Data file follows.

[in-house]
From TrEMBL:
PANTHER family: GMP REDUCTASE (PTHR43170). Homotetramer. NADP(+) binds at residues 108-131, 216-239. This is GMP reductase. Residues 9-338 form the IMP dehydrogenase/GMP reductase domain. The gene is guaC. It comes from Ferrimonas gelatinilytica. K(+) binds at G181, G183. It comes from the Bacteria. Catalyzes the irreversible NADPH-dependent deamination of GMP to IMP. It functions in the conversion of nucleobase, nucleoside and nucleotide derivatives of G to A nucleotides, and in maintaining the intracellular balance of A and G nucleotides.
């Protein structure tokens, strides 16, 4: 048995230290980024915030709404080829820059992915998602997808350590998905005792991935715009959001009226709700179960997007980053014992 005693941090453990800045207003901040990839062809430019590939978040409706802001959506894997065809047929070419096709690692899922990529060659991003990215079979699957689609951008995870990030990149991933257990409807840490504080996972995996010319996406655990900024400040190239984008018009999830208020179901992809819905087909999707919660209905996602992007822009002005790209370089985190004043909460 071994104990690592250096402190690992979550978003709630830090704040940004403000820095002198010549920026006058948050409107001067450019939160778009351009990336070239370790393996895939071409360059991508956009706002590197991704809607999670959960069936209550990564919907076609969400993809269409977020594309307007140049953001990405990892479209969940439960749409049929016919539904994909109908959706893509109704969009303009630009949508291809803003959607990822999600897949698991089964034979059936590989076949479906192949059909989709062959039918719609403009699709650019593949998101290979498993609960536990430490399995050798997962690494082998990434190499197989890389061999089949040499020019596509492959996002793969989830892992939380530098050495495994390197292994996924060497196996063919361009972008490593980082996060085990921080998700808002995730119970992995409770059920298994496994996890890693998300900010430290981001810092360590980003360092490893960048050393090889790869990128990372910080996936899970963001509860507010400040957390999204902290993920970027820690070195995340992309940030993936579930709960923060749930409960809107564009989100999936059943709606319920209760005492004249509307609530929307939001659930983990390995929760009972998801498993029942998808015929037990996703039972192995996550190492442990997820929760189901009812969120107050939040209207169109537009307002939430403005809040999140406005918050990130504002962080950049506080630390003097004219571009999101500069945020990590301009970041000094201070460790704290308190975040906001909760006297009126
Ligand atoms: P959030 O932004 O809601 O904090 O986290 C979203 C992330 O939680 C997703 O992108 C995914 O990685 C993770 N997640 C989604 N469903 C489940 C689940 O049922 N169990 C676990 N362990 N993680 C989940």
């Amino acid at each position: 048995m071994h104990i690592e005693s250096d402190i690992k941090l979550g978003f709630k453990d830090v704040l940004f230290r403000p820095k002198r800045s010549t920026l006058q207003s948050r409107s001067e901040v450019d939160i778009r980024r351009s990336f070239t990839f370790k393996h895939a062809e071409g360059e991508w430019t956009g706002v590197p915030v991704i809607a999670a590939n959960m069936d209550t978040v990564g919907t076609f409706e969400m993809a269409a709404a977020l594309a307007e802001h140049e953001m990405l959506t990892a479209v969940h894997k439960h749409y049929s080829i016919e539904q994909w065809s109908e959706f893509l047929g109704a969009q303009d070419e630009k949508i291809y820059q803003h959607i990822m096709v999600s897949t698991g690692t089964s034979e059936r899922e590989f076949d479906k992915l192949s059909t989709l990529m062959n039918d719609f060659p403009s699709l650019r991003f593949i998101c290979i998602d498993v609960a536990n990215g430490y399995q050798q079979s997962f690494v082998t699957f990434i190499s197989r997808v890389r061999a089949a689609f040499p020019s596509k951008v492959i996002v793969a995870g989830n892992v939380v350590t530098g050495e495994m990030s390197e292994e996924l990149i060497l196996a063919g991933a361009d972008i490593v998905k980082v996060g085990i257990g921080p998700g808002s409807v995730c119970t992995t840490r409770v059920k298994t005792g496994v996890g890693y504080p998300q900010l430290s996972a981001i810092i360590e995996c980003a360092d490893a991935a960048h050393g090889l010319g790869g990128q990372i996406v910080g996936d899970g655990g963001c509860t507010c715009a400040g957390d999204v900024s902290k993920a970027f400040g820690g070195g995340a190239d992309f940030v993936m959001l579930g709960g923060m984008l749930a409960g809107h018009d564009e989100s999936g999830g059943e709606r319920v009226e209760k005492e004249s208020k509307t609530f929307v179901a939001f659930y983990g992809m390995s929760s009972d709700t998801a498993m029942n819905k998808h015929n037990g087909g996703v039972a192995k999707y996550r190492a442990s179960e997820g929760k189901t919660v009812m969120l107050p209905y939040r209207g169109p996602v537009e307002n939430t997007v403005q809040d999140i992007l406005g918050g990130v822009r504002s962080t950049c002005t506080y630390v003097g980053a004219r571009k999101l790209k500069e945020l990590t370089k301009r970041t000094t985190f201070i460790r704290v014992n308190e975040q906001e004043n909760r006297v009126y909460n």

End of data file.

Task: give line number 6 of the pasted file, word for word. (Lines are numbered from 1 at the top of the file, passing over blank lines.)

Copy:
């Amino acid at each position: 048995m071994h104990i690592e005693s250096d402190i690992k941090l979550g978003f709630k453990d830090v704040l940004f230290r403000p820095k002198r800045s010549t920026l006058q207003s948050r409107s001067e901040v450019d939160i778009r980024r351009s990336f070239t990839f370790k393996h895939a062809e071409g360059e991508w430019t956009g706002v590197p915030v991704i809607a999670a590939n959960m069936d209550t978040v990564g919907t076609f409706e969400m993809a269409a709404a977020l594309a307007e802001h140049e953001m990405l959506t990892a479209v969940h894997k439960h749409y049929s080829i016919e539904q994909w065809s109908e959706f893509l047929g109704a969009q303009d070419e630009k949508i291809y820059q803003h959607i990822m096709v999600s897949t698991g690692t089964s034979e059936r899922e590989f076949d479906k992915l192949s059909t989709l990529m062959n039918d719609f060659p403009s699709l650019r991003f593949i998101c290979i998602d498993v609960a536990n990215g430490y399995q050798q079979s997962f690494v082998t699957f990434i190499s197989r997808v890389r061999a089949a689609f040499p020019s596509k951008v492959i996002v793969a995870g989830n892992v939380v350590t530098g050495e495994m990030s390197e292994e996924l990149i060497l196996a063919g991933a361009d972008i490593v998905k980082v996060g085990i257990g921080p998700g808002s409807v995730c119970t992995t840490r409770v059920k298994t005792g496994v996890g890693y504080p998300q900010l430290s996972a981001i810092i360590e995996c980003a360092d490893a991935a960048h050393g090889l010319g790869g990128q990372i996406v910080g996936d899970g655990g963001c509860t507010c715009a400040g957390d999204v900024s902290k993920a970027f400040g820690g070195g995340a190239d992309f940030v993936m959001l579930g709960g923060m984008l749930a409960g809107h018009d564009e989100s999936g999830g059943e709606r319920v009226e209760k005492e004249s208020k509307t609530f929307v179901a939001f659930y983990g992809m390995s929760s009972d709700t998801a498993m029942n819905k998808h015929n037990g087909g996703v039972a192995k999707y996550r190492a442990s179960e997820g929760k189901t919660v009812m969120l107050p209905y939040r209207g169109p996602v537009e307002n939430t997007v403005q809040d999140i992007l406005g918050g990130v822009r504002s962080t950049c002005t506080y630390v003097g980053a004219r571009k999101l790209k500069e945020l990590t370089k301009r970041t000094t985190f201070i460790r704290v014992n308190e975040q906001e004043n909760r006297v009126y909460n």